With the festive season approaching, there’s no stopping the sugar rush. It wouldn’t be an Indian celebration without mithai, laddoos and assorted sweets making an appearance. Yet this sugar overload isn’t good for us.

There are innumerable studies linking excess sugar consumption to several lifestyle diseases, including diabetes and obesity. Earlier this year, the World Health Organization (WHO) came up with draft guidelines recommending that daily sugar intake be halved, from 10% of total calorie intake to 5%.

Indians, however, are consuming more sugar than ever before. At the 2012 FAO (Food and Agriculture Organisation) International Sugar Conference, it emerged that in the past 50 years sugar consumption in India had increased from 5% of global sugar production to 13%.

It may be time to focus on a healthier alternative to processed sugar—jaggery. “Jaggery is not only a tastier alternative to processed white sugar, it’s also a rich, natural source of various vitamins and minerals," says Bangalore-based Megha Deokule, owner of i2cook, an online organic store, who is on a mission to promote sugar alternatives such as jaggery (including liquid jaggery) and coconut sugar. “Jaggery is a good source of energy and is used in school-lunch programmes," adds Mumbai-based Manisha Talim, a diabetologist affiliated to Breach Candy hospital and Shushrusha Hospital.

In his seminal work, On Food And Cooking: The Science And Lore Of The Kitchen, Harold
McGee talks about jaggery’s “distinctive, winey aroma that contributes to the flavour of Indian, Thai, Burmese and other South Asian and African cuisines". This characteristic taste of jaggery, coupled with its deep colour, imparts a richly decadent flavour to many Indian sweets—a flavour that is impossible to replicate using sugar.

India has had an ancient tradition of making this unrefined natural sugar from both sugar cane and the date palm tree. Jaggery made from sugar-cane juice is variously called gud (Hindi), gul (Marathi), bellam (Telugu) and vellam (Tamil). Jaggery made from the sap of date palm, predominantly used in Bengali cuisine, is called khejur gur or nolen gur.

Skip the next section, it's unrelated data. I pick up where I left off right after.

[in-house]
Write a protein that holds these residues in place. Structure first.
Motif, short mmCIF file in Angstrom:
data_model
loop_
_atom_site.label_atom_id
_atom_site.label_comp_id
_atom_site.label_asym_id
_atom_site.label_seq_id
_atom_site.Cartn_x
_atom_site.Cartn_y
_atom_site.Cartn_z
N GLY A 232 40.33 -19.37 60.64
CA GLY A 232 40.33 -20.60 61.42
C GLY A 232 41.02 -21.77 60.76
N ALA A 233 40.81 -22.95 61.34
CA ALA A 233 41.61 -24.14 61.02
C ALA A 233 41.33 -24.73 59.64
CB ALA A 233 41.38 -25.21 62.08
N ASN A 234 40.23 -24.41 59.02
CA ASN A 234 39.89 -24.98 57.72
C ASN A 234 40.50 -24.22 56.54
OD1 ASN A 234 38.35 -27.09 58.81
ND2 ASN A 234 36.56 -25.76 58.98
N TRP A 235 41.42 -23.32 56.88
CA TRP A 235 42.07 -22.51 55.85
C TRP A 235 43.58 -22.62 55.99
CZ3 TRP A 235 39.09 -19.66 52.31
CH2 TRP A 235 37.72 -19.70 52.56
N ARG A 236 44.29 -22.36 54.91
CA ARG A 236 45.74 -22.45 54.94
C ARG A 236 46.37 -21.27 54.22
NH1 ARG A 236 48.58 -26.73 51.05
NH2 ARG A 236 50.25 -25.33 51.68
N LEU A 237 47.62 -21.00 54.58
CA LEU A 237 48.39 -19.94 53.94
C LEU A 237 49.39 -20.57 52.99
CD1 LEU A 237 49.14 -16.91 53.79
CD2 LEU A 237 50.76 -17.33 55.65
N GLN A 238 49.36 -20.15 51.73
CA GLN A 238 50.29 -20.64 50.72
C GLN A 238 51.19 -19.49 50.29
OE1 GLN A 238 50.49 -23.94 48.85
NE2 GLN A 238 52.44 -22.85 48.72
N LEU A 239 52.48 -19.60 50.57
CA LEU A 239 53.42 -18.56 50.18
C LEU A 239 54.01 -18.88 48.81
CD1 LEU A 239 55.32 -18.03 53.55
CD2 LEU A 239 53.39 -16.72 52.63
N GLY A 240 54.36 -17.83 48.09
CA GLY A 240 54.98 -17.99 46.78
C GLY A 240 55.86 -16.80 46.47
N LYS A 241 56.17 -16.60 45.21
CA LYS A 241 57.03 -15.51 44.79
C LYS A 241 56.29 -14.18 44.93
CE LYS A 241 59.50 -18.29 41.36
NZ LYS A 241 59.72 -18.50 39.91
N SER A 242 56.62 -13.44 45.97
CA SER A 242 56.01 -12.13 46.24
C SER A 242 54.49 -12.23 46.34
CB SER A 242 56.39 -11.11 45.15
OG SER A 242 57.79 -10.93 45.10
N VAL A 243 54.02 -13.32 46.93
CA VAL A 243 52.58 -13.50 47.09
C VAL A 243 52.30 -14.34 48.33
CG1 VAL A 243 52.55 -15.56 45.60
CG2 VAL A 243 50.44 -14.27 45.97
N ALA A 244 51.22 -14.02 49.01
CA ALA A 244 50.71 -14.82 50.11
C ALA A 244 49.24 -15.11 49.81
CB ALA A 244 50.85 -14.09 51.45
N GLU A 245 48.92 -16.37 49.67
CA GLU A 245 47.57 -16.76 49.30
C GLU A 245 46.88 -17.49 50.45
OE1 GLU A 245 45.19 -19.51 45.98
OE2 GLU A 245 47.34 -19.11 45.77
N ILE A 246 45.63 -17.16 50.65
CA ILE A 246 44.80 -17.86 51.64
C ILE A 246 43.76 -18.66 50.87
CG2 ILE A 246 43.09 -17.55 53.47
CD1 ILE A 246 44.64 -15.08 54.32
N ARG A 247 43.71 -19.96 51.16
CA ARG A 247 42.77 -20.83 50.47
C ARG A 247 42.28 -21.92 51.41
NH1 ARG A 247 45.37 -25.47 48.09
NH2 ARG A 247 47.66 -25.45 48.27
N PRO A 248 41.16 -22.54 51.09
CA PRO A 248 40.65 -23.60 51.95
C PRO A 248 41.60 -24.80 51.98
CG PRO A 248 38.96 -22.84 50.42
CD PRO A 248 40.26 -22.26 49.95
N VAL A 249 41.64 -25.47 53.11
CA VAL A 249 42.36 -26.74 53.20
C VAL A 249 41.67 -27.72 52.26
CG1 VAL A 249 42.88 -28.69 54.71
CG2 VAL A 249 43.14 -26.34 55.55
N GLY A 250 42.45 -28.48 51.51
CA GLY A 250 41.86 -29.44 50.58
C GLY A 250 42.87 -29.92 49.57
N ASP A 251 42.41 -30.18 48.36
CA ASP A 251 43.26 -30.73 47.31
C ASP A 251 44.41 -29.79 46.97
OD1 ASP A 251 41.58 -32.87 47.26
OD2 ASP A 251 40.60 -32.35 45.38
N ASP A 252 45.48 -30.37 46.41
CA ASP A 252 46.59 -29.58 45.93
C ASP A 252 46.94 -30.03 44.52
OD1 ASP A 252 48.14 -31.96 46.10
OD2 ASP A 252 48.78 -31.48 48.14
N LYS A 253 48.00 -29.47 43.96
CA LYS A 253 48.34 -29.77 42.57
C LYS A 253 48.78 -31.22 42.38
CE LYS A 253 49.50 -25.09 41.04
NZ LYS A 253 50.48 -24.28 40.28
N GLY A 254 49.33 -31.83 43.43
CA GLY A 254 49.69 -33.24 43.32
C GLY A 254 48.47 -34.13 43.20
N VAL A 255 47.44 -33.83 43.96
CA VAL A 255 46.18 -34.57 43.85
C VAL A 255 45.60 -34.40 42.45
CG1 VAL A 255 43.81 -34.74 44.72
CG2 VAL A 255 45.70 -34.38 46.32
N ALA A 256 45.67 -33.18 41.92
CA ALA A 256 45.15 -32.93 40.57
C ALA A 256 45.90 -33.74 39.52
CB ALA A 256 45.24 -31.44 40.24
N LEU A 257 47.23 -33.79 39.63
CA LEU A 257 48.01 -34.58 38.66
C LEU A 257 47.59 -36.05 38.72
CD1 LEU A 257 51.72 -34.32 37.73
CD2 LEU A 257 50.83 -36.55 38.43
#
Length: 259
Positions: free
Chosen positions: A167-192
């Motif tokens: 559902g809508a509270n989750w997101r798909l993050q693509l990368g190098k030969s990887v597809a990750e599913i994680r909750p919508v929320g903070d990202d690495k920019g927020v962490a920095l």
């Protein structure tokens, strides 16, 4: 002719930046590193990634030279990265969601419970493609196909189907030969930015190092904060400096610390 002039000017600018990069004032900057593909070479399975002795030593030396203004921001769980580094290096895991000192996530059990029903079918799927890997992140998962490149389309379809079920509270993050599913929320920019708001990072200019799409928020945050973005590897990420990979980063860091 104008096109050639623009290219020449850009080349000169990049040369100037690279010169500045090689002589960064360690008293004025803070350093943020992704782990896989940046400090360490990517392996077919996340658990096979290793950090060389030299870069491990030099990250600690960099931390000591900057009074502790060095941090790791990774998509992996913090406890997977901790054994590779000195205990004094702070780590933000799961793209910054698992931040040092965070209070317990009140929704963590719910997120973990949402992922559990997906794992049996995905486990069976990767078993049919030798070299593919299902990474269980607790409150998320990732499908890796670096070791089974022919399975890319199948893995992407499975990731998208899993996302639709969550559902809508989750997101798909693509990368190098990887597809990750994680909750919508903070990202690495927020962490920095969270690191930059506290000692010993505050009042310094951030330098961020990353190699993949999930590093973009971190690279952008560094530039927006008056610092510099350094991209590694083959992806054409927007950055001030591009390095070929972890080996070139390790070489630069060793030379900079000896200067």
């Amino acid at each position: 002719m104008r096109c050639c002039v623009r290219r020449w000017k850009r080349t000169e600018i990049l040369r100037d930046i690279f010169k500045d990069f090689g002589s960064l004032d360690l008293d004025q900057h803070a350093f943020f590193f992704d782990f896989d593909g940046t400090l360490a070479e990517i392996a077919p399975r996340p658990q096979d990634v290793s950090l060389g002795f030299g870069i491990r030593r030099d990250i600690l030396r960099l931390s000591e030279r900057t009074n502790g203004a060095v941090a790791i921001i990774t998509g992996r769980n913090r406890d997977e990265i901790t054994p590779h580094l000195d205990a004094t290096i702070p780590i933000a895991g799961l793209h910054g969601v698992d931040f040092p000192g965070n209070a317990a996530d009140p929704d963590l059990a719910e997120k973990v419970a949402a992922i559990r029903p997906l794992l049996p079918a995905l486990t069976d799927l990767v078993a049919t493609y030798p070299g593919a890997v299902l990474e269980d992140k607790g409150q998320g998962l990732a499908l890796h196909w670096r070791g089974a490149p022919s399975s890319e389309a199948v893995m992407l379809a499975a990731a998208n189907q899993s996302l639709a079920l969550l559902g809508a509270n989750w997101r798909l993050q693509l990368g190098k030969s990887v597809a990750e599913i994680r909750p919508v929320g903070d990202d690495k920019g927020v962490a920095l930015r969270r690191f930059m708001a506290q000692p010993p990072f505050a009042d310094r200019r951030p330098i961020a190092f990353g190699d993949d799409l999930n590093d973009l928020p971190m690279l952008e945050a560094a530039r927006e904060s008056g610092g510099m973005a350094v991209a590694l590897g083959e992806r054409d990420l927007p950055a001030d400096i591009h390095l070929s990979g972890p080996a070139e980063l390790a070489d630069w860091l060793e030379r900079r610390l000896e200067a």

According to a 2013 report by the Indian Sugar Mills Association, India is the world’s top producer of jaggery, accounting for 58% of the total production. Thirty-two per cent of the sugar cane produced in the country goes towards manufacturing jaggery. More than 50% of Indian jaggery is produced in Uttar Pradesh, followed by Maharashtra, Bihar, Andhra Pradesh and Tamil Nadu.

Compared to sugar, jaggery requires lower capital investment in production and is manufactured at individual units at the farmer level itself. Sugar-cane juice is extracted by crushing the canes in three-roller crushers. The extracted juice is then rested for an hour to allow heavy particles and impurities to settle to the bottom. The semi-clear juice is then transferred to a large boiling pan, which is usually fired using bagasse—the remainder after extraction of sugar-cane juice. The juice is boiled for a couple of hours and stirred slowly and intermittently. Lime (calcium hydroxide) is added to clarify the juice further. The scum that is formed is periodically removed. The hot, thick sugar-cane syrup is then transferred to a large, shallow pit for cooling. It’s then poured into moulds of varying sizes and allowed to solidify. Most of the jaggery produced is in solid form. Some amount of liquid jaggery—known as kakvi in Marathi—is also produced. It is used as a sweetener in rural Maharashtra and Karnataka.